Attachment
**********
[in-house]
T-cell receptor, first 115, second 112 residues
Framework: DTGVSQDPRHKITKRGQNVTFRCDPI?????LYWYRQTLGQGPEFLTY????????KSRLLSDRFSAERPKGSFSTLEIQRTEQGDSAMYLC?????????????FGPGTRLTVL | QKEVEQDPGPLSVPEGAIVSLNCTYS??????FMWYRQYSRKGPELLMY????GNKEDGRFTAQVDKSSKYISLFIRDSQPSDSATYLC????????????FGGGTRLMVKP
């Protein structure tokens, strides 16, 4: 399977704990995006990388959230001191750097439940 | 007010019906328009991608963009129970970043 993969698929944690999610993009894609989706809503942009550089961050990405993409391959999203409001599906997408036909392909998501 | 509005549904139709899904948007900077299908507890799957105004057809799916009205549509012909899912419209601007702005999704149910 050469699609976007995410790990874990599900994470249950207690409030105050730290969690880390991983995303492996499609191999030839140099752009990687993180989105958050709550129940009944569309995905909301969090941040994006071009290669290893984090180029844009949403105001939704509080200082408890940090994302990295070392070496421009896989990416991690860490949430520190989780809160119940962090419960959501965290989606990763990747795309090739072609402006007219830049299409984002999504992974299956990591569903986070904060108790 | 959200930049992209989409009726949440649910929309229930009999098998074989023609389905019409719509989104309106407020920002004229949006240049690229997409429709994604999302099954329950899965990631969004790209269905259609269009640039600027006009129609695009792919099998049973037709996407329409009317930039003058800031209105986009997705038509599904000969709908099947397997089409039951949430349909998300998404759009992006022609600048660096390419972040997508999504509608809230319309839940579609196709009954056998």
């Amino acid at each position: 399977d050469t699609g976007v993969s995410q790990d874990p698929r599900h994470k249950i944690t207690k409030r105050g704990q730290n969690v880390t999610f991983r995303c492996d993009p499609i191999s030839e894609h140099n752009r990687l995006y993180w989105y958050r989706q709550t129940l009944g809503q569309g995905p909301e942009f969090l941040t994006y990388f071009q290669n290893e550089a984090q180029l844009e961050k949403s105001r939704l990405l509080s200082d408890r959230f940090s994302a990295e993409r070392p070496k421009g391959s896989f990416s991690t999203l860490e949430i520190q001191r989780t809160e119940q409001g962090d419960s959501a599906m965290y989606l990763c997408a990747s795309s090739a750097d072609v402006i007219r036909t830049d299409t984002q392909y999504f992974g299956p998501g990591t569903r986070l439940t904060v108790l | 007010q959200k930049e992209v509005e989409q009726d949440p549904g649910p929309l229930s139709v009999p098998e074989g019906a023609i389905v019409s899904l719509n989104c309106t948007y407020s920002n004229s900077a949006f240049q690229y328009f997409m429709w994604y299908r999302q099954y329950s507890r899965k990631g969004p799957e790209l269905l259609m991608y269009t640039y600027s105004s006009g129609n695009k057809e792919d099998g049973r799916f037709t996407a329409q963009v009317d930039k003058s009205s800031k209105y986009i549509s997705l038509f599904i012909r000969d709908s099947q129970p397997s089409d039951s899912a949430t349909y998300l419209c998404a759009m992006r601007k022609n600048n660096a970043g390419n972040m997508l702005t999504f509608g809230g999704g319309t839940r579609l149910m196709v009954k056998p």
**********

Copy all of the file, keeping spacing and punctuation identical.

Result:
[in-house]
T-cell receptor, first 115, second 112 residues
Framework: DTGVSQDPRHKITKRGQNVTFRCDPI?????LYWYRQTLGQGPEFLTY????????KSRLLSDRFSAERPKGSFSTLEIQRTEQGDSAMYLC?????????????FGPGTRLTVL | QKEVEQDPGPLSVPEGAIVSLNCTYS??????FMWYRQYSRKGPELLMY????GNKEDGRFTAQVDKSSKYISLFIRDSQPSDSATYLC????????????FGGGTRLMVKP
């Protein structure tokens, strides 16, 4: 399977704990995006990388959230001191750097439940 | 007010019906328009991608963009129970970043 993969698929944690999610993009894609989706809503942009550089961050990405993409391959999203409001599906997408036909392909998501 | 509005549904139709899904948007900077299908507890799957105004057809799916009205549509012909899912419209601007702005999704149910 050469699609976007995410790990874990599900994470249950207690409030105050730290969690880390991983995303492996499609191999030839140099752009990687993180989105958050709550129940009944569309995905909301969090941040994006071009290669290893984090180029844009949403105001939704509080200082408890940090994302990295070392070496421009896989990416991690860490949430520190989780809160119940962090419960959501965290989606990763990747795309090739072609402006007219830049299409984002999504992974299956990591569903986070904060108790 | 959200930049992209989409009726949440649910929309229930009999098998074989023609389905019409719509989104309106407020920002004229949006240049690229997409429709994604999302099954329950899965990631969004790209269905259609269009640039600027006009129609695009792919099998049973037709996407329409009317930039003058800031209105986009997705038509599904000969709908099947397997089409039951949430349909998300998404759009992006022609600048660096390419972040997508999504509608809230319309839940579609196709009954056998």
């Amino acid at each position: 399977d050469t699609g976007v993969s995410q790990d874990p698929r599900h994470k249950i944690t207690k409030r105050g704990q730290n969690v880390t999610f991983r995303c492996d993009p499609i191999s030839e894609h140099n752009r990687l995006y993180w989105y958050r989706q709550t129940l009944g809503q569309g995905p909301e942009f969090l941040t994006y990388f071009q290669n290893e550089a984090q180029l844009e961050k949403s105001r939704l990405l509080s200082d408890r959230f940090s994302a990295e993409r070392p070496k421009g391959s896989f990416s991690t999203l860490e949430i520190q001191r989780t809160e119940q409001g962090d419960s959501a599906m965290y989606l990763c997408a990747s795309s090739a750097d072609v402006i007219r036909t830049d299409t984002q392909y999504f992974g299956p998501g990591t569903r986070l439940t904060v108790l | 007010q959200k930049e992209v509005e989409q009726d949440p549904g649910p929309l229930s139709v009999p098998e074989g019906a023609i389905v019409s899904l719509n989104c309106t948007y407020s920002n004229s900077a949006f240049q690229y328009f997409m429709w994604y299908r999302q099954y329950s507890r899965k990631g969004p799957e790209l269905l259609m991608y269009t640039y600027s105004s006009g129609n695009k057809e792919d099998g049973r799916f037709t996407a329409q963009v009317d930039k003058s009205s800031k209105y986009i549509s997705l038509f599904i012909r000969d709908s099947q129970p397997s089409d039951s899912a949430t349909y998300l419209c998404a759009m992006r601007k022609n600048n660096a970043g390419n972040m997508l702005t999504f509608g809230g999704g319309t839940r579609l149910m196709v009954k056998p």